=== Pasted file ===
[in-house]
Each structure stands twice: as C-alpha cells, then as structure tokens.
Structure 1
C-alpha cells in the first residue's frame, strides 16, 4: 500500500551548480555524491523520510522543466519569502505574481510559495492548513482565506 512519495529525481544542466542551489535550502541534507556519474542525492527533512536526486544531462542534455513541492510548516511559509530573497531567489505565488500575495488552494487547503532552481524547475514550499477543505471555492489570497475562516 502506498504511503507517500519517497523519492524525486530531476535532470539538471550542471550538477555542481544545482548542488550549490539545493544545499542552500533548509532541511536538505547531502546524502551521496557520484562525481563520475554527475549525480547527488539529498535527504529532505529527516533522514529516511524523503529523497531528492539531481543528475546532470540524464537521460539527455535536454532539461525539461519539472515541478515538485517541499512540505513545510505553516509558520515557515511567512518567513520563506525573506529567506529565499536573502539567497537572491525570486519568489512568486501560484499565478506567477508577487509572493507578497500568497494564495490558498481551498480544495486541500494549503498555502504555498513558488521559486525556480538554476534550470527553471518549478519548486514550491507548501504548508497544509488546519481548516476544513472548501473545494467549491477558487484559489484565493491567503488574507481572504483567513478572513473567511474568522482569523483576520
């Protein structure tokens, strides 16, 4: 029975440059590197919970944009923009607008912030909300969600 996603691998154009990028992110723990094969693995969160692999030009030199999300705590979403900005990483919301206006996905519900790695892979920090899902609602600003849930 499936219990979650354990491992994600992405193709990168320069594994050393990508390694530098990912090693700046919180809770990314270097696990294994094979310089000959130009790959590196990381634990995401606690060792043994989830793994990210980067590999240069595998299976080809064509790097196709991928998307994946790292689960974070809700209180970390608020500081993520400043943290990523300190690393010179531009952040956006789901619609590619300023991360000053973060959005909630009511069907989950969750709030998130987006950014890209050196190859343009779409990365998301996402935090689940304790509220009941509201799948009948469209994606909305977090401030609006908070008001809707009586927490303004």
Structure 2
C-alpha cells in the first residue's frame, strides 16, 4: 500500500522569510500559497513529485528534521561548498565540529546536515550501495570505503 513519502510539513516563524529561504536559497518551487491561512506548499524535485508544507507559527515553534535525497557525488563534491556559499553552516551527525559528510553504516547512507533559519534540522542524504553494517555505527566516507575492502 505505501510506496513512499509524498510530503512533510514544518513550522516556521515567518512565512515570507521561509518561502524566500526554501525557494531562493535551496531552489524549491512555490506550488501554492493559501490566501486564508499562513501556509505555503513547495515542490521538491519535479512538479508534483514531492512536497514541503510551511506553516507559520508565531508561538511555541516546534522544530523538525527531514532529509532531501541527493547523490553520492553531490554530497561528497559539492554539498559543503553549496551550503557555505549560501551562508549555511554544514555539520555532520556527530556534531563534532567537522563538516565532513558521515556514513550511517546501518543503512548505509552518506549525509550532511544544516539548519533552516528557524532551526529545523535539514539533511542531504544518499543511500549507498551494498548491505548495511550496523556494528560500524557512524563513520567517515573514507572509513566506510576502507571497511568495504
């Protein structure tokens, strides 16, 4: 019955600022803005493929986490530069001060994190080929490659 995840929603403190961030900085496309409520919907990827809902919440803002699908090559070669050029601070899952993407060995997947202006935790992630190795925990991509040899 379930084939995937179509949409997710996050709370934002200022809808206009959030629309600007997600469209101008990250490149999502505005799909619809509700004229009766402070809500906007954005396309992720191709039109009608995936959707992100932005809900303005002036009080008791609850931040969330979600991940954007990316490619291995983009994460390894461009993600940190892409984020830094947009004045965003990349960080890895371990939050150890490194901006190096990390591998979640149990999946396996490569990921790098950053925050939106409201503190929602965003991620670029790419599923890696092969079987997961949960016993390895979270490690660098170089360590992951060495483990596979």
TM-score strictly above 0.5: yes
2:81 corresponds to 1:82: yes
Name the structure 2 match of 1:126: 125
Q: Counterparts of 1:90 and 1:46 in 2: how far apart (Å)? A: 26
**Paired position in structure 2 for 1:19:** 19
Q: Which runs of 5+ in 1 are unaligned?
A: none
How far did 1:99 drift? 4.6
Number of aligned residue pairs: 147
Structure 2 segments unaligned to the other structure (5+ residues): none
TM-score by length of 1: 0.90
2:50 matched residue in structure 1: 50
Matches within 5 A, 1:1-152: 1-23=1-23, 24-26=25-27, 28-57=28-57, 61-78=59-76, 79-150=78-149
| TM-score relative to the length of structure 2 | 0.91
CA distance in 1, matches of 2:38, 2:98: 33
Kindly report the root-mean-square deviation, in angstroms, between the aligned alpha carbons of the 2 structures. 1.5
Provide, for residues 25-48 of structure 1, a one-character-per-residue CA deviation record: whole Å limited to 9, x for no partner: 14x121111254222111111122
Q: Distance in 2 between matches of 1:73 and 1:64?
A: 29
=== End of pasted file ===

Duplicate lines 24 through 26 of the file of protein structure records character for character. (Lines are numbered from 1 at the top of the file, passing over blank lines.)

Kindly report the root-mean-square deviation, in angstroms, between the aligned alpha carbons of the 2 structures. 1.5
Provide, for residues 25-48 of structure 1, a one-character-per-residue CA deviation record: whole Å limited to 9, x for no partner: 14x121111254222111111122
Q: Distance in 2 between matches of 1:73 and 1:64?